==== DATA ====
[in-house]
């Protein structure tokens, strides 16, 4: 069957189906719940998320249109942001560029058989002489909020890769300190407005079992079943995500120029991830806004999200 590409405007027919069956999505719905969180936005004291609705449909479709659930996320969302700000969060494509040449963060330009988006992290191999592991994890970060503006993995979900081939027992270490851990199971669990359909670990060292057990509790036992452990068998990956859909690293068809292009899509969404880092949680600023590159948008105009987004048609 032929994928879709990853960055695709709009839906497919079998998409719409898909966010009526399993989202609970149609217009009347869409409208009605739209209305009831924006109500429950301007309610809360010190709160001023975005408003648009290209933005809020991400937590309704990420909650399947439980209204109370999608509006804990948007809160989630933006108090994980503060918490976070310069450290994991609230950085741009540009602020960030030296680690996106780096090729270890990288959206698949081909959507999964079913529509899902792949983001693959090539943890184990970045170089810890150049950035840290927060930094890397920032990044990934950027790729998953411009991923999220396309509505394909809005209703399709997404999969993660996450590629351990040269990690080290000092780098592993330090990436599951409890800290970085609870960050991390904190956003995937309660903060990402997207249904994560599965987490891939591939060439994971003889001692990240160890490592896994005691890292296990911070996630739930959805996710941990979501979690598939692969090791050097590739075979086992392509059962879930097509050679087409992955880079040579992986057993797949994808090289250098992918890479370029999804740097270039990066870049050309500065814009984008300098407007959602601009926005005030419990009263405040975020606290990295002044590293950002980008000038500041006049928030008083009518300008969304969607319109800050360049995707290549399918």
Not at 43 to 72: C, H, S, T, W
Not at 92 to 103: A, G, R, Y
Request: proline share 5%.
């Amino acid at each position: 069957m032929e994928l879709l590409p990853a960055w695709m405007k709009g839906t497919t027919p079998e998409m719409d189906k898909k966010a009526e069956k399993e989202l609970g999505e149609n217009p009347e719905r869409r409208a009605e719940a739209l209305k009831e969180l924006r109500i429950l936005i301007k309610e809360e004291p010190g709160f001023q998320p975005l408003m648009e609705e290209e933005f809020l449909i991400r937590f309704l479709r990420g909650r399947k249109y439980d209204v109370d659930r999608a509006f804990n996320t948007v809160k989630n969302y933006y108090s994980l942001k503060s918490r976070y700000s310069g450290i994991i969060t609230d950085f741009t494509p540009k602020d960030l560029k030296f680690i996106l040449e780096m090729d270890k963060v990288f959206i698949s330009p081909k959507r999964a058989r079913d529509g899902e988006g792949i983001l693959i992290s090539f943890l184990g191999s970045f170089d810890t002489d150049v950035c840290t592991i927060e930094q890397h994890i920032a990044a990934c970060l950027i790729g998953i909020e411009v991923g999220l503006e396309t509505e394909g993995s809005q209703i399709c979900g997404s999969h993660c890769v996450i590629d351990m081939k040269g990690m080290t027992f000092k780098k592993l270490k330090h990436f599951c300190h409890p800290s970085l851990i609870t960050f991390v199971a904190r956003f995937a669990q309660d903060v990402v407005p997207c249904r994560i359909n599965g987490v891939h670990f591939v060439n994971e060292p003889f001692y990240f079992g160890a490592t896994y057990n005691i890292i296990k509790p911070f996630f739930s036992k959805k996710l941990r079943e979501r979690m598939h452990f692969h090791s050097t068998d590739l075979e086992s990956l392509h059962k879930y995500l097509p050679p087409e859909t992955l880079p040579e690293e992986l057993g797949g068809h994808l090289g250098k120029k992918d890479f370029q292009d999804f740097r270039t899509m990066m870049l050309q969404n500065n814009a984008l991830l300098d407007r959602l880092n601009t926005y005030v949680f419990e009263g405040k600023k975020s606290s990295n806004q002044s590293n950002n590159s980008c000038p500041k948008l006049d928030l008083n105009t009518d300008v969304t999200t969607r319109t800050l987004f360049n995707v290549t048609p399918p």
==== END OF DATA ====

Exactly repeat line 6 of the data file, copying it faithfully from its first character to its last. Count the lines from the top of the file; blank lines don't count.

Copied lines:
């Amino acid at each position: 069957m032929e994928l879709l590409p990853a960055w695709m405007k709009g839906t497919t027919p079998e998409m719409d189906k898909k966010a009526e069956k399993e989202l609970g999505e149609n217009p009347e719905r869409r409208a009605e719940a739209l209305k009831e969180l924006r109500i429950l936005i301007k309610e809360e004291p010190g709160f001023q998320p975005l408003m648009e609705e290209e933005f809020l449909i991400r937590f309704l479709r990420g909650r399947k249109y439980d209204v109370d659930r999608a509006f804990n996320t948007v809160k989630n969302y933006y108090s994980l942001k503060s918490r976070y700000s310069g450290i994991i969060t609230d950085f741009t494509p540009k602020d960030l560029k030296f680690i996106l040449e780096m090729d270890k963060v990288f959206i698949s330009p081909k959507r999964a058989r079913d529509g899902e988006g792949i983001l693959i992290s090539f943890l184990g191999s970045f170089d810890t002489d150049v950035c840290t592991i927060e930094q890397h994890i920032a990044a990934c970060l950027i790729g998953i909020e411009v991923g999220l503006e396309t509505e394909g993995s809005q209703i399709c979900g997404s999969h993660c890769v996450i590629d351990m081939k040269g990690m080290t027992f000092k780098k592993l270490k330090h990436f599951c300190h409890p800290s970085l851990i609870t960050f991390v199971a904190r956003f995937a669990q309660d903060v990402v407005p997207c249904r994560i359909n599965g987490v891939h670990f591939v060439n994971e060292p003889f001692y990240f079992g160890a490592t896994y057990n005691i890292i296990k509790p911070f996630f739930s036992k959805k996710l941990r079943e979501r979690m598939h452990f692969h090791s050097t068998d590739l075979e086992s990956l392509h059962k879930y995500l097509p050679p087409e859909t992955l880079p040579e690293e992986l057993g797949g068809h994808l090289g250098k120029k992918d890479f370029q292009d999804f740097r270039t899509m990066m870049l050309q969404n500065n814009a984008l991830l300098d407007r959602l880092n601009t926005y005030v949680f419990e009263g405040k600023k975020s606290s990295n806004q002044s590293n950002n590159s980008c000038p500041k948008l006049d928030l008083n105009t009518d300008v969304t999200t969607r319109t800050l987004f360049n995707v290549t048609p399918p």